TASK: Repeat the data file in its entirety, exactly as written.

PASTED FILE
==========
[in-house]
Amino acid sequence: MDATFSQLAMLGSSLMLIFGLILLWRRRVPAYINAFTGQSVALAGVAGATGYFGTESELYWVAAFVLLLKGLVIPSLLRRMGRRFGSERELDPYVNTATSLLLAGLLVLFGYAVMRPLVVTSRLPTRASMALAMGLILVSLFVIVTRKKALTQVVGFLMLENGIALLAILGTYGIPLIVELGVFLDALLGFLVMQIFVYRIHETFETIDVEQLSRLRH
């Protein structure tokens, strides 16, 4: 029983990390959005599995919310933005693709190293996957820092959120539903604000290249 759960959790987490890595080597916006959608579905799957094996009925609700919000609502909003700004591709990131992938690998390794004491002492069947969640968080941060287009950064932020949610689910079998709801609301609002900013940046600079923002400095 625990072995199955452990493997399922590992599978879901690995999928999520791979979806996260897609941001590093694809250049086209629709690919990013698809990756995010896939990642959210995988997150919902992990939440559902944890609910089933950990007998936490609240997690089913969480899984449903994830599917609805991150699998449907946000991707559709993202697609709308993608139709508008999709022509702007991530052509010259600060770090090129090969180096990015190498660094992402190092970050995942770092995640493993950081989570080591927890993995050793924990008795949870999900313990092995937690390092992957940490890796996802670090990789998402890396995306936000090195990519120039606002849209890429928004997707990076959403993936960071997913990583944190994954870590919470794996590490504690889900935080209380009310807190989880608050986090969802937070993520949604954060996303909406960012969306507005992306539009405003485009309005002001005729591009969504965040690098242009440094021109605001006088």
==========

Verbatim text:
[in-house]
Amino acid sequence: MDATFSQLAMLGSSLMLIFGLILLWRRRVPAYINAFTGQSVALAGVAGATGYFGTESELYWVAAFVLLLKGLVIPSLLRRMGRRFGSERELDPYVNTATSLLLAGLLVLFGYAVMRPLVVTSRLPTRASMALAMGLILVSLFVIVTRKKALTQVVGFLMLENGIALLAILGTYGIPLIVELGVFLDALLGFLVMQIFVYRIHETFETIDVEQLSRLRH
């Protein structure tokens, strides 16, 4: 029983990390959005599995919310933005693709190293996957820092959120539903604000290249 759960959790987490890595080597916006959608579905799957094996009925609700919000609502909003700004591709990131992938690998390794004491002492069947969640968080941060287009950064932020949610689910079998709801609301609002900013940046600079923002400095 625990072995199955452990493997399922590992599978879901690995999928999520791979979806996260897609941001590093694809250049086209629709690919990013698809990756995010896939990642959210995988997150919902992990939440559902944890609910089933950990007998936490609240997690089913969480899984449903994830599917609805991150699998449907946000991707559709993202697609709308993608139709508008999709022509702007991530052509010259600060770090090129090969180096990015190498660094992402190092970050995942770092995640493993950081989570080591927890993995050793924990008795949870999900313990092995937690390092992957940490890796996802670090990789998402890396995306936000090195990519120039606002849209890429928004997707990076959403993936960071997913990583944190994954870590919470794996590490504690889900935080209380009310807190989880608050986090969802937070993520949604954060996303909406960012969306507005992306539009405003485009309005002001005729591009969504965040690098242009440094021109605001006088």